VW Beetle 1.8T
VW GTI Mk3 2.0L
VW GTI Mk3 VR6
VW GTI Mk4 1.8T
VW GTI Mk4 VR6
VW GTI Mk5 2.0T
VW GTI Mk6 2.0T
VW GTI Mk7
VW Golf Mk4 2.0L
VW Golf Mk4 2.8L V6
VW Golf Mk5
VW Golf Mk6 2.5L
VW Golf Mk7 1.8T
VW Golf R Mk7
VW Jetta 1.8T
VW Jetta III VR6
VW Jetta Mk4
VW Jetta VR6
VW Jetta Mk5 2.5L
VW Passat Mk5
VW Passat V6
So a good friend of ours is doing some work on a Mexican spec, export Neon that is in the United States.
The owner is visiting for a few weeks and his fuel pump died after nearly 300 Kilometers, or nearly 200,000 miles of driving in Mexico.
So the fuel pump canister was removed and check this out.
This is a US spec fuel pump canister assembly. Look at the fuel filter sock on the end. Notice its a thin wafer, with plastic mesh.
This is the Mexican spec fuel pump canister assembly. Notice how the canister is the same, but the fuel filter end is more like a large can. This is to better filter out impurities in the fuel.
This is not the only difference between Mexican spec and US spec built Neons. We know the Mexican built Neons do not have airbags as Mexican Federal law does not require airbags in passenger vehicles, nor does Mexican Federal law require catalytic convertors, as well.
Jonathan from El Paso, TX stopped by MP’s shop to get some goodies for his 2.4 Liter Dodge Dart.
He’s on Eibach sportlines and has Enkei wheels.
Ok, so you have done some mods to your car and you want to find out how much horsepower/torque your car has.
You’ll need to find a dynamometer to test your car. If you dont know of any near you, its best to use the Dynojet search tool to find one in your area:
Now there are several brands of dynamometers, and the most popular one out there is the Dynojet Dyno.
Copy and paste this into a browser to find a Dynojet dyno.
The second most popular type of vehicle dynamometer is the Mustang dyno which works well but is not nearly as accurate as the Dynojet in our opinion.
We came across a Mercedes van that was wrapped in a flat, no gloss brushed steel type finish. It also had a roof that had a flat, no gloss black brushed steel finish. Check it out. This is pretty interesting, you normally dont see a brushed steel finish like this, its almost always a car with a flat finish, or some wild color.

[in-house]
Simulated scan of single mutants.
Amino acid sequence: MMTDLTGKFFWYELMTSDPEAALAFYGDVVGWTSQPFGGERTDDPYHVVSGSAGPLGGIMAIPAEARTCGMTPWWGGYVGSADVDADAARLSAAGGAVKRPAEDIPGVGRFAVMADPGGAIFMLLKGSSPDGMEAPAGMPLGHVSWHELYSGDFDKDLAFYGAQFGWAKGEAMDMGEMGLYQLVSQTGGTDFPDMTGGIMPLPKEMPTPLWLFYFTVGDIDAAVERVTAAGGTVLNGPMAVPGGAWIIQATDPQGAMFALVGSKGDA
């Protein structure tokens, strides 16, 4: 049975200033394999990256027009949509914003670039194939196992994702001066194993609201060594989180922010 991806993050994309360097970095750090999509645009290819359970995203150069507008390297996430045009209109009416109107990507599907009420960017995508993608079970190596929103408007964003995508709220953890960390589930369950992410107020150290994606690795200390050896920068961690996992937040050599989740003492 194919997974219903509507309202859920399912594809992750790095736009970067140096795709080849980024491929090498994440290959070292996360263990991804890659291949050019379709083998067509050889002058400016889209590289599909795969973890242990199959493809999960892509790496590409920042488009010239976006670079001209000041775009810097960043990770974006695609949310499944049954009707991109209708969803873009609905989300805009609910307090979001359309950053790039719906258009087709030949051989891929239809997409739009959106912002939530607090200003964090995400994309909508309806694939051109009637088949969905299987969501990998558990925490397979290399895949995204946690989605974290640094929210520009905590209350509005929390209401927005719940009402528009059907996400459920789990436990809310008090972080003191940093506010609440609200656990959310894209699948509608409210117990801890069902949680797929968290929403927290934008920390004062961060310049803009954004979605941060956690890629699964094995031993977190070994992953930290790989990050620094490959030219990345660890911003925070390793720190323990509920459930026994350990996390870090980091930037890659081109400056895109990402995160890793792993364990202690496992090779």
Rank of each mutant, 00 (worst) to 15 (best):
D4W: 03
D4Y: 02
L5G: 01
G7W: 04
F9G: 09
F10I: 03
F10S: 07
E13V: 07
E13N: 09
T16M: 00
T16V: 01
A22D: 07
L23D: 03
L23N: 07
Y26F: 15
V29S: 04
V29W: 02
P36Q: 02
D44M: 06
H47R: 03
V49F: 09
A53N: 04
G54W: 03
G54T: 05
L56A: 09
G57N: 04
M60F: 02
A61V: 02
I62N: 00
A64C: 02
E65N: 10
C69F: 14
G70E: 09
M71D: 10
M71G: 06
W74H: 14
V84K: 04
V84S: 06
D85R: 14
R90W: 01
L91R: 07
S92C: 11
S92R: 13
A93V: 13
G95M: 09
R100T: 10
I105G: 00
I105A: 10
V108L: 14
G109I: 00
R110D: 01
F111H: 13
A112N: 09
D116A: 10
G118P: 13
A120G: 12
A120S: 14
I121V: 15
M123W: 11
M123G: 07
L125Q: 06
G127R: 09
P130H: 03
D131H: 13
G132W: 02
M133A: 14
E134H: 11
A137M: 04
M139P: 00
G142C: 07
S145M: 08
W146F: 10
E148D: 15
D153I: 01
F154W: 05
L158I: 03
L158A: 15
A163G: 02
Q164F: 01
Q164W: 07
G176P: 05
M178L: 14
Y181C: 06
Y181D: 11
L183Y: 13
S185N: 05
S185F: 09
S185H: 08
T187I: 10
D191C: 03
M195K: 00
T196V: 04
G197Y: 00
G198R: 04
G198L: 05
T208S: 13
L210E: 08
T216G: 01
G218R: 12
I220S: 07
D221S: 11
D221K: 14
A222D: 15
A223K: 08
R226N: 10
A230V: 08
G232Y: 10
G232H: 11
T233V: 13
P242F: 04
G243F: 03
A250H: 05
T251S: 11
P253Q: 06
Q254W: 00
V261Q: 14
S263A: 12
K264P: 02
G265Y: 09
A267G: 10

Anyways! Onto the pics!
Under the hood you can see the original color inside the engine bay, and the wrap on the fender that ends just inside the fender area.
Our friend Sgt Alex Lopez bought this 1998 in 2012. When Alex found it, there was no engine, and most of the interior was missing.
It sat for a while, and Alex slowly built it up, and got it running again.
2012 vs 2017 photo:
Want to check out more photos from before Alex bought it? Check the link below.
“I need a new wastegate actuator, my cars not getting positive boost pressure!”
Thats a statement when we hear, we know is 100% wrong. Way too often we hear that statement, and people think their wastegate is not working correctly and so they need a new one.
To explain why, lets go into detail on the way the wastegate actuator works.
Ok, so here is a Neon SRT4 turbofold with the top heat shield missing. We have a yellow arrow pointing to the wastegate actuator, and a red rod pointing to the wastegate flap.